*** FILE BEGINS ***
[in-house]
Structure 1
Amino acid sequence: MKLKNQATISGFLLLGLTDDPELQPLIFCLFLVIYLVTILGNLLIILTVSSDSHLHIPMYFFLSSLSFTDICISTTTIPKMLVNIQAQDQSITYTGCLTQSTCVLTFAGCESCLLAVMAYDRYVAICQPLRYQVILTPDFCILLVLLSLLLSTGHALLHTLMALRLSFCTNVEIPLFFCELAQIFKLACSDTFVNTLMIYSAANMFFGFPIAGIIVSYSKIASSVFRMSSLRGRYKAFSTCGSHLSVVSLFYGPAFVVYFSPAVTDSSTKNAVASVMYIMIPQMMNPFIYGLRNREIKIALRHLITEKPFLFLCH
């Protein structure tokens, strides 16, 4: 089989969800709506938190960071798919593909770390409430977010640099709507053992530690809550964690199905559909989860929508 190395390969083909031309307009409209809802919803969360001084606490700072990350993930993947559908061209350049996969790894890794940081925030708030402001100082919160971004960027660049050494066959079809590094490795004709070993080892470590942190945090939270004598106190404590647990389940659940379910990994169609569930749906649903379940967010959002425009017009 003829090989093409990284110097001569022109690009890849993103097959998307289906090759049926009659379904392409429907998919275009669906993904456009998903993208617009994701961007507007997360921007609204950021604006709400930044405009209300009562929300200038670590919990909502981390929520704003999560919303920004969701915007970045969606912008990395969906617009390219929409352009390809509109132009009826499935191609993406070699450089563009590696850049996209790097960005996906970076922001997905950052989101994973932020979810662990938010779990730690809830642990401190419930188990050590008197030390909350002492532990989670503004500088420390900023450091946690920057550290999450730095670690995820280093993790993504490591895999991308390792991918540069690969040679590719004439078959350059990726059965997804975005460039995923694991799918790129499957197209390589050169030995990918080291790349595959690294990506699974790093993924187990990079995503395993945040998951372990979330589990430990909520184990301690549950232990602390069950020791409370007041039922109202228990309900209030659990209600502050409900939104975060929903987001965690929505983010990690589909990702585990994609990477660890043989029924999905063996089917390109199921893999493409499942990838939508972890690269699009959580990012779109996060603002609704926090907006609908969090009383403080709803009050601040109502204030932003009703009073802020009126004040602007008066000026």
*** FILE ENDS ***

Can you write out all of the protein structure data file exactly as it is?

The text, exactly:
[in-house]
Structure 1
Amino acid sequence: MKLKNQATISGFLLLGLTDDPELQPLIFCLFLVIYLVTILGNLLIILTVSSDSHLHIPMYFFLSSLSFTDICISTTTIPKMLVNIQAQDQSITYTGCLTQSTCVLTFAGCESCLLAVMAYDRYVAICQPLRYQVILTPDFCILLVLLSLLLSTGHALLHTLMALRLSFCTNVEIPLFFCELAQIFKLACSDTFVNTLMIYSAANMFFGFPIAGIIVSYSKIASSVFRMSSLRGRYKAFSTCGSHLSVVSLFYGPAFVVYFSPAVTDSSTKNAVASVMYIMIPQMMNPFIYGLRNREIKIALRHLITEKPFLFLCH
């Protein structure tokens, strides 16, 4: 089989969800709506938190960071798919593909770390409430977010640099709507053992530690809550964690199905559909989860929508 190395390969083909031309307009409209809802919803969360001084606490700072990350993930993947559908061209350049996969790894890794940081925030708030402001100082919160971004960027660049050494066959079809590094490795004709070993080892470590942190945090939270004598106190404590647990389940659940379910990994169609569930749906649903379940967010959002425009017009 003829090989093409990284110097001569022109690009890849993103097959998307289906090759049926009659379904392409429907998919275009669906993904456009998903993208617009994701961007507007997360921007609204950021604006709400930044405009209300009562929300200038670590919990909502981390929520704003999560919303920004969701915007970045969606912008990395969906617009390219929409352009390809509109132009009826499935191609993406070699450089563009590696850049996209790097960005996906970076922001997905950052989101994973932020979810662990938010779990730690809830642990401190419930188990050590008197030390909350002492532990989670503004500088420390900023450091946690920057550290999450730095670690995820280093993790993504490591895999991308390792991918540069690969040679590719004439078959350059990726059965997804975005460039995923694991799918790129499957197209390589050169030995990918080291790349595959690294990506699974790093993924187990990079995503395993945040998951372990979330589990430990909520184990301690549950232990602390069950020791409370007041039922109202228990309900209030659990209600502050409900939104975060929903987001965690929505983010990690589909990702585990994609990477660890043989029924999905063996089917390109199921893999493409499942990838939508972890690269699009959580990012779109996060603002609704926090907006609908969090009383403080709803009050601040109502204030932003009703009073802020009126004040602007008066000026």